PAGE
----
Another issue that has to be finalised is whether the ECB will take part in any Official Sector Involvement (OSI) to complement the Private Sector Involvement (PSI), thus improving debt sustainability in the country. With the ECB meeting today, this is likely to be a key area of discussion. While we think such an action was highly unlikely under a Trichet-led ECB (who didn’t want to get involved in the purchase of government bonds in the first place), the performance of Draghi thus far suggests that he will take a more constructive approach to the problem. (As an aside, comments from Michael Noonan suggest that he may try to use such an event to strengthen Ireland’s negotiating hand in the discussions around the restructuring of promissory notes in IBRC).

It is hoped that final agreement will be reached on the final sticking point in the negotiations in Greece this morning, with a euro-zone finance ministers’ meeting called for later tonight. Unsurprisingly, like the first bail-out of Greece in May 2010, it is coming down to the wire."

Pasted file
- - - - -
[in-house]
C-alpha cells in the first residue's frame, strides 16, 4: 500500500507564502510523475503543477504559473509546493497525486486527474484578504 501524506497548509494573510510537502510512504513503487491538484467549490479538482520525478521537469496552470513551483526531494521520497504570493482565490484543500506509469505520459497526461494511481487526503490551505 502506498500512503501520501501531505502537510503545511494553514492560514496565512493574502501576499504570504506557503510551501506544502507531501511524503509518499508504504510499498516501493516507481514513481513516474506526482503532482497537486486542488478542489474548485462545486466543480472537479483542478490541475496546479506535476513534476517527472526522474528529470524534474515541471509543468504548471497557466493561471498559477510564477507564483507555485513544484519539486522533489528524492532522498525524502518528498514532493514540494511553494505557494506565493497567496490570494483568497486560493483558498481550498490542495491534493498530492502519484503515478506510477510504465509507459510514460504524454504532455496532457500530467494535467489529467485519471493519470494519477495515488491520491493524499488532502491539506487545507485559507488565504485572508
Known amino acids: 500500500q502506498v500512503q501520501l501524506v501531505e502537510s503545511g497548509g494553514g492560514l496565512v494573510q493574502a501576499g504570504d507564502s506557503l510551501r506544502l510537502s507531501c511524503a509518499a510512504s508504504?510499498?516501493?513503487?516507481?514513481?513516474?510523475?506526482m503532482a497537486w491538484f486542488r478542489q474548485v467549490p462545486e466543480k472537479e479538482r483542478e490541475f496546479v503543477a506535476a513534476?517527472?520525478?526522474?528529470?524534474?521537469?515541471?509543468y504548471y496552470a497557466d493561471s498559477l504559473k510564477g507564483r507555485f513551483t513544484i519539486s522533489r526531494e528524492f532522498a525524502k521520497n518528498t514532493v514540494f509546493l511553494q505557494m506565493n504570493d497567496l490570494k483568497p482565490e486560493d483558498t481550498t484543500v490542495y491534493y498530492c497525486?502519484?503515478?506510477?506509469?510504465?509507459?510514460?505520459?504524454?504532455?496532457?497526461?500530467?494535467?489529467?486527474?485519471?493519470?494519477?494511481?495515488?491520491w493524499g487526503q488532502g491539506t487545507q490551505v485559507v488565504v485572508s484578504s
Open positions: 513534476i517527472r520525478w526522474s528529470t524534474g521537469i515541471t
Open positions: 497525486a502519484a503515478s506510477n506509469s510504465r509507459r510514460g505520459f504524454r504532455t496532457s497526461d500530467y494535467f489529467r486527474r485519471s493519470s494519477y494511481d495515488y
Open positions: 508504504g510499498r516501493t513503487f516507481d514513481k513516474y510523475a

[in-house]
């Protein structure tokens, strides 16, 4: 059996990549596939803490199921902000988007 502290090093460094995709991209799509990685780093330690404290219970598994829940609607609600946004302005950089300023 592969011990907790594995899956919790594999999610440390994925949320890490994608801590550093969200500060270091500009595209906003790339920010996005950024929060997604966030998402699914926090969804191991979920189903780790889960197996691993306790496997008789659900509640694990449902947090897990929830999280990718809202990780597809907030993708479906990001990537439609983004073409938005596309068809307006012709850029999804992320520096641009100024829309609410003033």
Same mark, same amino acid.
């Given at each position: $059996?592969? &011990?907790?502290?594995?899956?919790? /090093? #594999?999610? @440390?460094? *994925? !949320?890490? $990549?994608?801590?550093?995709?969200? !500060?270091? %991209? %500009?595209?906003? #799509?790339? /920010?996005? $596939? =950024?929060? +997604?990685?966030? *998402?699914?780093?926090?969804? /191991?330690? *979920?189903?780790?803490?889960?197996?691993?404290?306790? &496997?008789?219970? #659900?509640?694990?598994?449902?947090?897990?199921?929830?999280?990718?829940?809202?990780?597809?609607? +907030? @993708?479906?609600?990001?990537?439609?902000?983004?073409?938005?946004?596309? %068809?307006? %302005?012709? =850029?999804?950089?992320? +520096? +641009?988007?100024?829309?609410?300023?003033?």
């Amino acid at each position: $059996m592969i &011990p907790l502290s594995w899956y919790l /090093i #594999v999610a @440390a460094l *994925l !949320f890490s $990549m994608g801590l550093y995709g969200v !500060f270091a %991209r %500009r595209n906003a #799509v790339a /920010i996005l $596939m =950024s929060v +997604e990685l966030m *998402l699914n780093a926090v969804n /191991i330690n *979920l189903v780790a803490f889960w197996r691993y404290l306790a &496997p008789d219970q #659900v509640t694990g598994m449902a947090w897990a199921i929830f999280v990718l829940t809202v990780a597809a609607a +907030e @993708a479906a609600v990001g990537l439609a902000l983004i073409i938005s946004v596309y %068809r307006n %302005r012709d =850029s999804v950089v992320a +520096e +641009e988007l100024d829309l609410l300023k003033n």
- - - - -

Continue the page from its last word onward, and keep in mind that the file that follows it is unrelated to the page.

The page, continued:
Economic View 2: Rents stable/government introduces efforts to stimulate the property market; Dermot O'Leary added  -  - "The latest report on the residential rental property market has been published by Daft.ie this morning. It shows that rents continue to flatline across the country, a trend that has been evident since the start of 2010. This followed a 25% collapse in the preceding two years. Moreover, rents are still over 20% below 2002 levels. There are, however, indications that rents will increase in 2012, particularly in the Dublin market where the stock of available properties continues to decline. Driven by developments in the capital, the stock of available properties to rent has fallen to its lowest level since July 2008.